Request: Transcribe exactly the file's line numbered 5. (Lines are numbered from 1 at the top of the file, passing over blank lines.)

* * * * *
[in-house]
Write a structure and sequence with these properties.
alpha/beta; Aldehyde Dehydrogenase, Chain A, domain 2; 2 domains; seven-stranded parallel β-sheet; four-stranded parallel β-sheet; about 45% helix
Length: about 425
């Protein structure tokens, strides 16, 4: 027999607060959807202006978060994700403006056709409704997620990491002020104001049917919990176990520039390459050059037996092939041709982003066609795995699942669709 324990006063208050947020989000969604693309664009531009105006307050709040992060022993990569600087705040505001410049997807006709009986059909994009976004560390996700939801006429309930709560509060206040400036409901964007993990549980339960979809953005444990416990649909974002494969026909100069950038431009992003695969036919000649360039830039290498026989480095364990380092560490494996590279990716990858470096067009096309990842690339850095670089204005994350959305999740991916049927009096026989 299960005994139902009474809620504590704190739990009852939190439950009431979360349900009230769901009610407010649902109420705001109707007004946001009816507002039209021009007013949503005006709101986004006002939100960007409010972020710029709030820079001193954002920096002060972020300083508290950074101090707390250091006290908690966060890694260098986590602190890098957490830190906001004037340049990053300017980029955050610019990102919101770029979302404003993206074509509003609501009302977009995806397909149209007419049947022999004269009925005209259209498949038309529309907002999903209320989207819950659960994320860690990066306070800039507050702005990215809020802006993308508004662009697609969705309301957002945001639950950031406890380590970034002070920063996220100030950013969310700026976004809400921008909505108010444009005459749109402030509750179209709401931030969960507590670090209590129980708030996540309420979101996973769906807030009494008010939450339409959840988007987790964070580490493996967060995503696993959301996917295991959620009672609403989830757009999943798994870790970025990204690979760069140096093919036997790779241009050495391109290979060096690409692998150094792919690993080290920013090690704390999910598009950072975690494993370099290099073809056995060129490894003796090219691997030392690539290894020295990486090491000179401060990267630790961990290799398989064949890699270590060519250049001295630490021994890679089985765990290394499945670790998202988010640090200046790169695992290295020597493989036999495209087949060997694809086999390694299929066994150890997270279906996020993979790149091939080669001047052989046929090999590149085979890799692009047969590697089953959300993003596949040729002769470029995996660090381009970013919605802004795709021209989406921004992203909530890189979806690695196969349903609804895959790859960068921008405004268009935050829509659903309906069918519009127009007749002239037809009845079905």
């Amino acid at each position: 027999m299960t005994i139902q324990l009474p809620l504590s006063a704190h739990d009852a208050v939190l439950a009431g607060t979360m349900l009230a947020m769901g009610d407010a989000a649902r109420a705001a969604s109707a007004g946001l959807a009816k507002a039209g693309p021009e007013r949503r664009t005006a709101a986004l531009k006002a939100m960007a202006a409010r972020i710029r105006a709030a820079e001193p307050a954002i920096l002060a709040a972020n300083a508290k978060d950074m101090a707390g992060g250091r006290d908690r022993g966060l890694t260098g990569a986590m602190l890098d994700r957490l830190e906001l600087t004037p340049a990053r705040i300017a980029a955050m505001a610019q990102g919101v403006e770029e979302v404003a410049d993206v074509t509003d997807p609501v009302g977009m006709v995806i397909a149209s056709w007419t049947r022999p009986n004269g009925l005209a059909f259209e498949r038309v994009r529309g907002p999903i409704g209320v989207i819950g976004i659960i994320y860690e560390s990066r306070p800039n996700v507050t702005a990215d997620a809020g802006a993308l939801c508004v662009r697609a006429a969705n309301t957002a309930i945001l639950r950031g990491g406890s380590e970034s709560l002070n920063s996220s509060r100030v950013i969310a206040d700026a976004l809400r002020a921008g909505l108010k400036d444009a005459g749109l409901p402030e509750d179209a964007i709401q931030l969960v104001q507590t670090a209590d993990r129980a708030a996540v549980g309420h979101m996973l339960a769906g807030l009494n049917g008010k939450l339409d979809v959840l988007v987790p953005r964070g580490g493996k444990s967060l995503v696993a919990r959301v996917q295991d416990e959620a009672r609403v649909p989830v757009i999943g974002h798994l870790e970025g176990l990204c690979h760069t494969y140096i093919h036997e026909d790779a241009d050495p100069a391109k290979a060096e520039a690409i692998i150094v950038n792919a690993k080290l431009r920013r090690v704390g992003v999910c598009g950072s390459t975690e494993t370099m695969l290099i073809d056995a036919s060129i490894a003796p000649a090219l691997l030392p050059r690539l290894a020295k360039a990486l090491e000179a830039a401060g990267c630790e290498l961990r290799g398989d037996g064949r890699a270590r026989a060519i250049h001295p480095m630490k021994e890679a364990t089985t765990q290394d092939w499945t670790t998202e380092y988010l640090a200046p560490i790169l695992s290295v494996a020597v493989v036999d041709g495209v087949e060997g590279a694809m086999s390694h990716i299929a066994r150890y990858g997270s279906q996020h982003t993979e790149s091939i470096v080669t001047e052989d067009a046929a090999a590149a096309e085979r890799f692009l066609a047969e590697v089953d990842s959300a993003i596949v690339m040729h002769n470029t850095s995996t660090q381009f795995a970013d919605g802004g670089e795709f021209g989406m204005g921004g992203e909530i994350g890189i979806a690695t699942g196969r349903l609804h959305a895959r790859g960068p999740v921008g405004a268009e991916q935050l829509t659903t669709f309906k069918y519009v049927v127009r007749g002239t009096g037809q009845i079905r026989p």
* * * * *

């Protein structure tokens, strides 16, 4: 027999607060959807202006978060994700403006056709409704997620990491002020104001049917919990176990520039390459050059037996092939041709982003066609795995699942669709 324990006063208050947020989000969604693309664009531009105006307050709040992060022993990569600087705040505001410049997807006709009986059909994009976004560390996700939801006429309930709560509060206040400036409901964007993990549980339960979809953005444990416990649909974002494969026909100069950038431009992003695969036919000649360039830039290498026989480095364990380092560490494996590279990716990858470096067009096309990842690339850095670089204005994350959305999740991916049927009096026989 299960005994139902009474809620504590704190739990009852939190439950009431979360349900009230769901009610407010649902109420705001109707007004946001009816507002039209021009007013949503005006709101986004006002939100960007409010972020710029709030820079001193954002920096002060972020300083508290950074101090707390250091006290908690966060890694260098986590602190890098957490830190906001004037340049990053300017980029955050610019990102919101770029979302404003993206074509509003609501009302977009995806397909149209007419049947022999004269009925005209259209498949038309529309907002999903209320989207819950659960994320860690990066306070800039507050702005990215809020802006993308508004662009697609969705309301957002945001639950950031406890380590970034002070920063996220100030950013969310700026976004809400921008909505108010444009005459749109402030509750179209709401931030969960507590670090209590129980708030996540309420979101996973769906807030009494008010939450339409959840988007987790964070580490493996967060995503696993959301996917295991959620009672609403989830757009999943798994870790970025990204690979760069140096093919036997790779241009050495391109290979060096690409692998150094792919690993080290920013090690704390999910598009950072975690494993370099290099073809056995060129490894003796090219691997030392690539290894020295990486090491000179401060990267630790961990290799398989064949890699270590060519250049001295630490021994890679089985765990290394499945670790998202988010640090200046790169695992290295020597493989036999495209087949060997694809086999390694299929066994150890997270279906996020993979790149091939080669001047052989046929090999590149085979890799692009047969590697089953959300993003596949040729002769470029995996660090381009970013919605802004795709021209989406921004992203909530890189979806690695196969349903609804895959790859960068921008405004268009935050829509659903309906069918519009127009007749002239037809009845079905």